The United States Government as defined by the
United States Constitution has governmental relationships with
International, Tribal, and State entities. The Tribal nations
have a government-to-government relationship with the United
States. The Tribes of the Northern Plains signed treaties in the
1800's with the United States which are the legal documents that
established Tribal land boundaries and recognized Tribal rights
as a sovereign government.
The Northern Cheyenne Tribal lands were
originally reduced to a reservation with defined boundaries by
Executive Order of the President of the United States in
November, 1884 which identified a tract of land west of the
Tongue River. The Tribal government maintains jurisdiction within
the boundaries of the reservation including all rights-of-way,
waterways, watercourses and streams running through any part of
the reservation and to such others lands as may hereafter be
added to the reservation under the laws of the United States.
The Northern Cheyenne Tribe was organized in
1936 and operates under a constitution consistent with the Indian
Reorganization Act and approved by the Tribal membership. Today
the Tribe is a Federally-chartered organization with both
governmental and corporate responsibilities. The governing body
is a Tribal Council headed by a President, who is elected at
large to serve a term of 4 years. The tribal council consist of
members elected from each of the five districts. The Vice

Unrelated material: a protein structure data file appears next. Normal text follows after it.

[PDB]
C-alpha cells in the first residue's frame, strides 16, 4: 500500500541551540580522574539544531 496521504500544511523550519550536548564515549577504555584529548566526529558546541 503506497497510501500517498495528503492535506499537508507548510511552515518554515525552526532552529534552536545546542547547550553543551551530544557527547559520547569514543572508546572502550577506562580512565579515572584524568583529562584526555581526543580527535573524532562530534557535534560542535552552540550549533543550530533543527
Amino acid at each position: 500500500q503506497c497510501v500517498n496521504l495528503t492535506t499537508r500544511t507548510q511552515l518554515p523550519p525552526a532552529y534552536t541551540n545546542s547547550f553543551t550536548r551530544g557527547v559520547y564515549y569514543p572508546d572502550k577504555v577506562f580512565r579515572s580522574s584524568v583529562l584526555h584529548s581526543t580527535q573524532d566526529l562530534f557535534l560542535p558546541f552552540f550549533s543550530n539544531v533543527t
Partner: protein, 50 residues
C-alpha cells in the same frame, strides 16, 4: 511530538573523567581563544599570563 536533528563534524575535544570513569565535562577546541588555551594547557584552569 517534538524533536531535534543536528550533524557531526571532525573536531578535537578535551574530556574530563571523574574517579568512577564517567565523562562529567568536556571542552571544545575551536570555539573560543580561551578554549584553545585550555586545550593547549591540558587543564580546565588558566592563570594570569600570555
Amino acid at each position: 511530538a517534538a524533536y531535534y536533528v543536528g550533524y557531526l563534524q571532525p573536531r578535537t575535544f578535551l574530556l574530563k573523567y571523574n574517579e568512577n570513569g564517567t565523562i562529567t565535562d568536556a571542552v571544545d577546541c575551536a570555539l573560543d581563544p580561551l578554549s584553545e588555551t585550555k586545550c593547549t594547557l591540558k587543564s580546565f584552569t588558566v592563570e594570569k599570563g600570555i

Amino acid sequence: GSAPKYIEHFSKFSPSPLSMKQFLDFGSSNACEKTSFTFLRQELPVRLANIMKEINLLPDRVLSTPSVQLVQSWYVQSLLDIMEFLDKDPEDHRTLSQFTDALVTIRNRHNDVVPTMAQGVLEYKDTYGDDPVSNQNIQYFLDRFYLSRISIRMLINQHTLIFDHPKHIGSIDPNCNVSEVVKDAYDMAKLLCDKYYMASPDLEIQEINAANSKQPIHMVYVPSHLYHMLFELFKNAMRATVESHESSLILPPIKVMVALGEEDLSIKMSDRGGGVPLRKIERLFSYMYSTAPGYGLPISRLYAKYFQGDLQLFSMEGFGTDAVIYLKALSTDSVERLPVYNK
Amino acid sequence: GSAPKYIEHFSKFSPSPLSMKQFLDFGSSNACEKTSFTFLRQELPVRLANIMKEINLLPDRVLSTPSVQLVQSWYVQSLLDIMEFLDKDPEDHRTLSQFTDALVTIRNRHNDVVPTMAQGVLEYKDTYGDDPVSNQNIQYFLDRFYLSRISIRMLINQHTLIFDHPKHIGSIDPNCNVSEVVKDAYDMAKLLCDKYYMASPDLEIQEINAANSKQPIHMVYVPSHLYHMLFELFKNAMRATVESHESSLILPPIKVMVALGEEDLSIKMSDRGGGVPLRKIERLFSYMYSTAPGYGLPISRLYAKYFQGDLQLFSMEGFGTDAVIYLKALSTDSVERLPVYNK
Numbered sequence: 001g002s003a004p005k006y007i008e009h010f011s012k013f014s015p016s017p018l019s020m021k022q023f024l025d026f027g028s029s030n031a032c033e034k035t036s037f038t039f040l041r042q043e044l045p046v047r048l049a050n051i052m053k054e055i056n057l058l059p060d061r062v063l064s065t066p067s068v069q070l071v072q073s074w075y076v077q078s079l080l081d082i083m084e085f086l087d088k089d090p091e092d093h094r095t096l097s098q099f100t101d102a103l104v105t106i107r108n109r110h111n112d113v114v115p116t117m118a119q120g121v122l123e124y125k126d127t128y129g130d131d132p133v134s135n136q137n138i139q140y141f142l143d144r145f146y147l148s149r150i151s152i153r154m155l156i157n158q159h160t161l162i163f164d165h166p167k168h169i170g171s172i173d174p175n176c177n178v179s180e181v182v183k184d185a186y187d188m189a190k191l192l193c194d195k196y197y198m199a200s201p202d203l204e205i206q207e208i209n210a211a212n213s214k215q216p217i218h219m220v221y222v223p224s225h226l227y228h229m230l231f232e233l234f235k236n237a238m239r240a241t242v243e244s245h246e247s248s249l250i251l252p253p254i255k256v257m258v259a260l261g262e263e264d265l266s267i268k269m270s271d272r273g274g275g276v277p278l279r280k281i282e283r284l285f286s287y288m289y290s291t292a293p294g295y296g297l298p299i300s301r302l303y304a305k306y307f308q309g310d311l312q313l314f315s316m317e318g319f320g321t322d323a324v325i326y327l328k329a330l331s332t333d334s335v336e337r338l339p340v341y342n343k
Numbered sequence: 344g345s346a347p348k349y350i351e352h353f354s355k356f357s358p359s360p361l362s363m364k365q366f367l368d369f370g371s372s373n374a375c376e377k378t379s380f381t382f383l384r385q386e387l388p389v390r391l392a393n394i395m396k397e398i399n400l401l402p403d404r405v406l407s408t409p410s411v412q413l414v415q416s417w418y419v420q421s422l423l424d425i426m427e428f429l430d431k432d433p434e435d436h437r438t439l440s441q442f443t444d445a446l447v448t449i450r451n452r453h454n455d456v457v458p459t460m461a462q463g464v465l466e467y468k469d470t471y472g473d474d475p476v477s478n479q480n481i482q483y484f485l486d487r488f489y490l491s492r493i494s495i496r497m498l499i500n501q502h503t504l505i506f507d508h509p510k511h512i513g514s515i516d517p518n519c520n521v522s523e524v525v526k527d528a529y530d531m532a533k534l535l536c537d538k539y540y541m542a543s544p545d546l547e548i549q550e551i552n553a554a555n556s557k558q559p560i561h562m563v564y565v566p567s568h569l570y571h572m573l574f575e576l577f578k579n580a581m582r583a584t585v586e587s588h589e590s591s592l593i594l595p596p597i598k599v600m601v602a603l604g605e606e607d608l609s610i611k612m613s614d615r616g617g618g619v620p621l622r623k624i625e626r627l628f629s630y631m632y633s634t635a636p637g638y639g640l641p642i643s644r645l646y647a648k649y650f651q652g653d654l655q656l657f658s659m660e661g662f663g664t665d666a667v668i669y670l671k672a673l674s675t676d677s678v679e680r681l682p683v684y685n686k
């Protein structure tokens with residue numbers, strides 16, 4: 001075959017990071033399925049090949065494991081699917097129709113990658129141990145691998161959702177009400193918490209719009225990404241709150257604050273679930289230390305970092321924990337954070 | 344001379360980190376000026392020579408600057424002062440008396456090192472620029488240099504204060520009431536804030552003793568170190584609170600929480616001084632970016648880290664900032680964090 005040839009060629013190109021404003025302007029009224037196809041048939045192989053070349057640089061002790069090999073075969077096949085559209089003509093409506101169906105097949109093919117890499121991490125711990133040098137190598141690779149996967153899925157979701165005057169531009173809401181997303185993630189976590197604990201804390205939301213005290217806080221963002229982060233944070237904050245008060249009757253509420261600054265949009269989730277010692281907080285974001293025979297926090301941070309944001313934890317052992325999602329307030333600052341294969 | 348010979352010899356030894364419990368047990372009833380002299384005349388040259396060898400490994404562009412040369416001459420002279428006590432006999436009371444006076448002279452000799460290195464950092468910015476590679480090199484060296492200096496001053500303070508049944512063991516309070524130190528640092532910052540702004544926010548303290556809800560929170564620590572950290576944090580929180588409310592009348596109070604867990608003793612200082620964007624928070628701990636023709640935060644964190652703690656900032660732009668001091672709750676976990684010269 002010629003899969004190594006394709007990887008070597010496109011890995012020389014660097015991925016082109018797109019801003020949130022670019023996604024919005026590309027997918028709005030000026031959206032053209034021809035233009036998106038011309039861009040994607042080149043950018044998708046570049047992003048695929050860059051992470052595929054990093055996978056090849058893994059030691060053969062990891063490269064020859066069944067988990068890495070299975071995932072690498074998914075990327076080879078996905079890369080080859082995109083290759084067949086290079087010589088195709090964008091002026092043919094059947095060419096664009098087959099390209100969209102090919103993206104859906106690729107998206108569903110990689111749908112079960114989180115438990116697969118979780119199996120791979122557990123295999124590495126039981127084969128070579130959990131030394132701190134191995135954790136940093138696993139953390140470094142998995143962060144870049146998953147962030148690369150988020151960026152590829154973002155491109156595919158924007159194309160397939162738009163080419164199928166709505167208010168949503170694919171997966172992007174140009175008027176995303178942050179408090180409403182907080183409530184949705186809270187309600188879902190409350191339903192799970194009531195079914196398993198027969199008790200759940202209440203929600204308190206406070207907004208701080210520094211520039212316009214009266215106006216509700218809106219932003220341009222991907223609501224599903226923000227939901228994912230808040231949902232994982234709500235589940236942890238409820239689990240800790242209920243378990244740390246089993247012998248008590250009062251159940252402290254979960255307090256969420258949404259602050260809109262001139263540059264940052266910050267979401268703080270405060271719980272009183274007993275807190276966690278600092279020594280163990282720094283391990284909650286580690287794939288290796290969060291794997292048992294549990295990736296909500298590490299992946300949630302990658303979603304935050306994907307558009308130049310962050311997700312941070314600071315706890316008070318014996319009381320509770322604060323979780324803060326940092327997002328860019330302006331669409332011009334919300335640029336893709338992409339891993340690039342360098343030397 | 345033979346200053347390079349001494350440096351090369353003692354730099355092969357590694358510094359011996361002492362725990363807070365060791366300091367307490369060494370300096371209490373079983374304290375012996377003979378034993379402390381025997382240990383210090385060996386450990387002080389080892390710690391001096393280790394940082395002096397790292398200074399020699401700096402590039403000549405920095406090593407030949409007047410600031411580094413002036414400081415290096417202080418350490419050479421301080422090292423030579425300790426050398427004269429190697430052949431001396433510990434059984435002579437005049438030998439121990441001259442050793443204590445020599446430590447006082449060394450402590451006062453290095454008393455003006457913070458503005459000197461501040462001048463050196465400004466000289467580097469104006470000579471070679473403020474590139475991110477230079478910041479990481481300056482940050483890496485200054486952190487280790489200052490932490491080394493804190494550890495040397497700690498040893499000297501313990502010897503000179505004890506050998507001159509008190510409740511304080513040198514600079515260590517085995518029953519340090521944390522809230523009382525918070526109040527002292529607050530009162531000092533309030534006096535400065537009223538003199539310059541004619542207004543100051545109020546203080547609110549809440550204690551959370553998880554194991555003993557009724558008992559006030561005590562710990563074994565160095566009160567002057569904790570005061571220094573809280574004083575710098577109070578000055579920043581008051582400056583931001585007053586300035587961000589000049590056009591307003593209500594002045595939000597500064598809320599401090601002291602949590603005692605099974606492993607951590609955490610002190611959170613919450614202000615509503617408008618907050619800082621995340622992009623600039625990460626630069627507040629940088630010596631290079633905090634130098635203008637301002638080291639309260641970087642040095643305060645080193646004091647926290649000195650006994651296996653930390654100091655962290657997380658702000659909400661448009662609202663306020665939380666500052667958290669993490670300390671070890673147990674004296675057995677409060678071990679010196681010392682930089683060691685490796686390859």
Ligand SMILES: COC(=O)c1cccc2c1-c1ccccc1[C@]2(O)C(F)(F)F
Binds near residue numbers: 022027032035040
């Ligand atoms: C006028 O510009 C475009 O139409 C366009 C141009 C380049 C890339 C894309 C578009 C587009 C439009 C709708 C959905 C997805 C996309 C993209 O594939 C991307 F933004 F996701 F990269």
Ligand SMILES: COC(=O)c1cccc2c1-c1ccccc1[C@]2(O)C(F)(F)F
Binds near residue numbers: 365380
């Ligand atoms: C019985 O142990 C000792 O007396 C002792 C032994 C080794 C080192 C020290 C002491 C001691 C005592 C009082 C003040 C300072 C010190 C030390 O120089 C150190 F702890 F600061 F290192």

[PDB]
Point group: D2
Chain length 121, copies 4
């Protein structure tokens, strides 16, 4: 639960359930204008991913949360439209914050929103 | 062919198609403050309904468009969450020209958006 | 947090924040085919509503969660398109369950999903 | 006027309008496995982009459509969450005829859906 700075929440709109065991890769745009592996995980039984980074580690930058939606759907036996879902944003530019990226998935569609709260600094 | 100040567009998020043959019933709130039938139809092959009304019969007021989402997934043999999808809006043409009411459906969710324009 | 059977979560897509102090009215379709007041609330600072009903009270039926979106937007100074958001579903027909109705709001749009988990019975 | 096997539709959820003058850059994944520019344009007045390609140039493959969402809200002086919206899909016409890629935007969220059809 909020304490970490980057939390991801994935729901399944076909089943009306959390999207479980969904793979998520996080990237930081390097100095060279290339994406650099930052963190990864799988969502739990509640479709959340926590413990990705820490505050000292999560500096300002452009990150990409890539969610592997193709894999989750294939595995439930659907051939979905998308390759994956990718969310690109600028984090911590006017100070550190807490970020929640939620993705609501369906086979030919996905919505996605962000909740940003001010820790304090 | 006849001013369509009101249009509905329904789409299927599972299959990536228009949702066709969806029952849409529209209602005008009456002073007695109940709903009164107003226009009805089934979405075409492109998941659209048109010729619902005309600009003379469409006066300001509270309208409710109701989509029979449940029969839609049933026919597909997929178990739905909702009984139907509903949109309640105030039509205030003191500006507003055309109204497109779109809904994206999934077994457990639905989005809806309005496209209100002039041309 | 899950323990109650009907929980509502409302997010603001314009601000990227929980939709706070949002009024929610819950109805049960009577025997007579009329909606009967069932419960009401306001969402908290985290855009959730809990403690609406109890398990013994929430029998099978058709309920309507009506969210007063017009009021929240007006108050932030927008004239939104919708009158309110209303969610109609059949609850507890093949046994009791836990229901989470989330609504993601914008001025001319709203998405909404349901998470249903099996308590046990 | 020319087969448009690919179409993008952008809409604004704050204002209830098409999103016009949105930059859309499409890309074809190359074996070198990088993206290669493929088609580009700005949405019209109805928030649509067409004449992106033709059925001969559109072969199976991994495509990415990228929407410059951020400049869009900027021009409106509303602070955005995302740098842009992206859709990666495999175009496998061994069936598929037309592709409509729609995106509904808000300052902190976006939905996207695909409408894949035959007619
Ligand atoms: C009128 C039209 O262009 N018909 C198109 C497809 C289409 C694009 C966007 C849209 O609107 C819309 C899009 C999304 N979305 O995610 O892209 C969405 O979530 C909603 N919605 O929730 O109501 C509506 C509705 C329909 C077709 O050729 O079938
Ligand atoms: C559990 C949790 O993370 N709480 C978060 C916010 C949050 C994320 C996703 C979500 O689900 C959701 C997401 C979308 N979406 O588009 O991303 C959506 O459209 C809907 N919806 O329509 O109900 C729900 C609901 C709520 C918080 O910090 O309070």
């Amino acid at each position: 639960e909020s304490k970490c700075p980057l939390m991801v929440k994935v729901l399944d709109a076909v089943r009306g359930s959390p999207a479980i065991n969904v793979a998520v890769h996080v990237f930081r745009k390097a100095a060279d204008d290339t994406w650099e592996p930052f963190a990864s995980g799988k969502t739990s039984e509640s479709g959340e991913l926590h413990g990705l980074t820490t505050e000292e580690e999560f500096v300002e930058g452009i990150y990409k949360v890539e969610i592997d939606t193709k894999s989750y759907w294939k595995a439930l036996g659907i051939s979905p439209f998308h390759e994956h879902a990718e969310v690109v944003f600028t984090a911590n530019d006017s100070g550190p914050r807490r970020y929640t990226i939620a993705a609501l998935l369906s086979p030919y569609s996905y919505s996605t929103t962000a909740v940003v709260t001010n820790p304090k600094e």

President and a Sergeant-at-Arms are elected by the tribal
council from within its number and a Secretary and Treasurer are
appointed outside its number. The Secretary and Treasurer have no
The tribal council consists of members elected
from the Ashland, Birney, Busby, Muddy, and Lame Deer districts
in the proportion of one member for each 200 population and an
additional member for each major fraction thereof. The current
governing body has 19 members. The total enrollment for the Tribe
is 6,386 members.
Lame Deer, Montana
Big Horn, Rosebud, Montana
Population of enrolled
The Northern Cheyenne Servi ce Unit is located
in south-central Montana and its western boundaries border the
Crow Reservation.The topography of the reservation varies from
grass covered low rolling hills to moderately high and steep
hills and narrow valleys. Elevations on the reservation range
from 3,000 to 5,000 feet above sea level. Much of the higher
elevation is covered by Ponderosa Pine timber.
Bordered on the west by the Crow Indian
Reservation, the 440,000 plus acre Northern Cheyenne Reservation
is made up of valleys and plateaus, rivers, streams, and
prairies. The area is very well acclimated to farming and
ranching, both of which are important to the economy of the
The principle communities on the reservation
are as follows:
ASHLAND - Located 20 miles east of Lame
Deer and is situated along the Tongue River, which is the
reservationís eastern boundary. The Labre Indian School
and St. Labre Mission complex are located here. The people on